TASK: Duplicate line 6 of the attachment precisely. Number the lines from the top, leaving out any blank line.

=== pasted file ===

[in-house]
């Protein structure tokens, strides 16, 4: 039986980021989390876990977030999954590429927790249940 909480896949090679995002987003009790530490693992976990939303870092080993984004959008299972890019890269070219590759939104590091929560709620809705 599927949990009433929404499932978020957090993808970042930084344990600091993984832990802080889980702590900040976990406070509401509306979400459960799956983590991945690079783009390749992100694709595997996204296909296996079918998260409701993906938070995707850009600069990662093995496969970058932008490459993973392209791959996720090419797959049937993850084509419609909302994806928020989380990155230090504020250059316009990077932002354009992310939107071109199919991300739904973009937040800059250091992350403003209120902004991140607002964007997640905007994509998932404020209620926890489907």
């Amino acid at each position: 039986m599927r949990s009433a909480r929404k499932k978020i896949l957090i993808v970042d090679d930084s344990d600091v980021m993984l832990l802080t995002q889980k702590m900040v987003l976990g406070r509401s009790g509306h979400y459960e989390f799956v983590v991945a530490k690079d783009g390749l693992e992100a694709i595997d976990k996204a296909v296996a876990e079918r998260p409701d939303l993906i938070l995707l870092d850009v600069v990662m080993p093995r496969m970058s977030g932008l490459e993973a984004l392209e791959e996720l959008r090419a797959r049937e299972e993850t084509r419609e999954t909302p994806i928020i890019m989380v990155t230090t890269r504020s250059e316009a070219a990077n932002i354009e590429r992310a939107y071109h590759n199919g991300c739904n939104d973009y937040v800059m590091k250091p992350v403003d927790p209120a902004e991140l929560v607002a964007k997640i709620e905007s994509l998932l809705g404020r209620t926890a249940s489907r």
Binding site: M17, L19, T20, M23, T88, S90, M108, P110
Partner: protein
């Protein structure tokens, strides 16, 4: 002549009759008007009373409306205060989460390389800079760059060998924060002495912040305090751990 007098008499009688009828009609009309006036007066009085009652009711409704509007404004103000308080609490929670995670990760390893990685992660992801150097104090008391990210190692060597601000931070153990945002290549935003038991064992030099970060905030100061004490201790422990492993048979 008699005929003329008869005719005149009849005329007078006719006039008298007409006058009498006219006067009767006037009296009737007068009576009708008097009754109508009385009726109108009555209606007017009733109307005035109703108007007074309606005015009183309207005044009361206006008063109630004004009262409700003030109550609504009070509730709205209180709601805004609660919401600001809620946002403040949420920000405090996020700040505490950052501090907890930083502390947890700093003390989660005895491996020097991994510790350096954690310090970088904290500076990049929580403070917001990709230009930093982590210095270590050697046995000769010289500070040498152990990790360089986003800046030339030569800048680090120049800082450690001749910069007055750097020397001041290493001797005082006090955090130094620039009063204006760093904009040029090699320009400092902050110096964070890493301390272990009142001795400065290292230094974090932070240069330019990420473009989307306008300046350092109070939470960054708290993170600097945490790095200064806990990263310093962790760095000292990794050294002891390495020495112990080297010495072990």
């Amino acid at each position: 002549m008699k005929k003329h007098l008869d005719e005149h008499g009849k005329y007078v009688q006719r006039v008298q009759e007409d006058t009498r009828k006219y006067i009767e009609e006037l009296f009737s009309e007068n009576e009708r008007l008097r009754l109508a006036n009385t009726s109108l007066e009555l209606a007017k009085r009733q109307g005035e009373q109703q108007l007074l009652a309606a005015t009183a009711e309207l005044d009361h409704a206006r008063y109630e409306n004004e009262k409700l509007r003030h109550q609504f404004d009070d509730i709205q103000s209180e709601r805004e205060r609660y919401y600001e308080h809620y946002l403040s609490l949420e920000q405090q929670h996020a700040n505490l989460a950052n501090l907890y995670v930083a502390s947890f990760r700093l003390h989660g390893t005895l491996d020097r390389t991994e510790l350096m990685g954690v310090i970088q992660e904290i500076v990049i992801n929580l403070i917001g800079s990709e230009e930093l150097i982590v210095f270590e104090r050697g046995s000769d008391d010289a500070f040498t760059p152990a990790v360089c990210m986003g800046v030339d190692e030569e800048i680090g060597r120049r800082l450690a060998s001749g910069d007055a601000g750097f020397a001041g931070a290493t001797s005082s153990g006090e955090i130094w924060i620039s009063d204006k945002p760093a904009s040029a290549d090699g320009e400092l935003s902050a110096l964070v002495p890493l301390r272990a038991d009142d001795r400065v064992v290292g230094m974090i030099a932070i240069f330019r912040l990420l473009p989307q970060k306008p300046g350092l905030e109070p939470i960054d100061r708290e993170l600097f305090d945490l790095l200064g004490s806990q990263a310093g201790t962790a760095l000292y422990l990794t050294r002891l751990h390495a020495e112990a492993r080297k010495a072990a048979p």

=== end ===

């Protein structure tokens, strides 16, 4: 002549009759008007009373409306205060989460390389800079760059060998924060002495912040305090751990 007098008499009688009828009609009309006036007066009085009652009711409704509007404004103000308080609490929670995670990760390893990685992660992801150097104090008391990210190692060597601000931070153990945002290549935003038991064992030099970060905030100061004490201790422990492993048979 008699005929003329008869005719005149009849005329007078006719006039008298007409006058009498006219006067009767006037009296009737007068009576009708008097009754109508009385009726109108009555209606007017009733109307005035109703108007007074309606005015009183309207005044009361206006008063109630004004009262409700003030109550609504009070509730709205209180709601805004609660919401600001809620946002403040949420920000405090996020700040505490950052501090907890930083502390947890700093003390989660005895491996020097991994510790350096954690310090970088904290500076990049929580403070917001990709230009930093982590210095270590050697046995000769010289500070040498152990990790360089986003800046030339030569800048680090120049800082450690001749910069007055750097020397001041290493001797005082006090955090130094620039009063204006760093904009040029090699320009400092902050110096964070890493301390272990009142001795400065290292230094974090932070240069330019990420473009989307306008300046350092109070939470960054708290993170600097945490790095200064806990990263310093962790760095000292990794050294002891390495020495112990080297010495072990």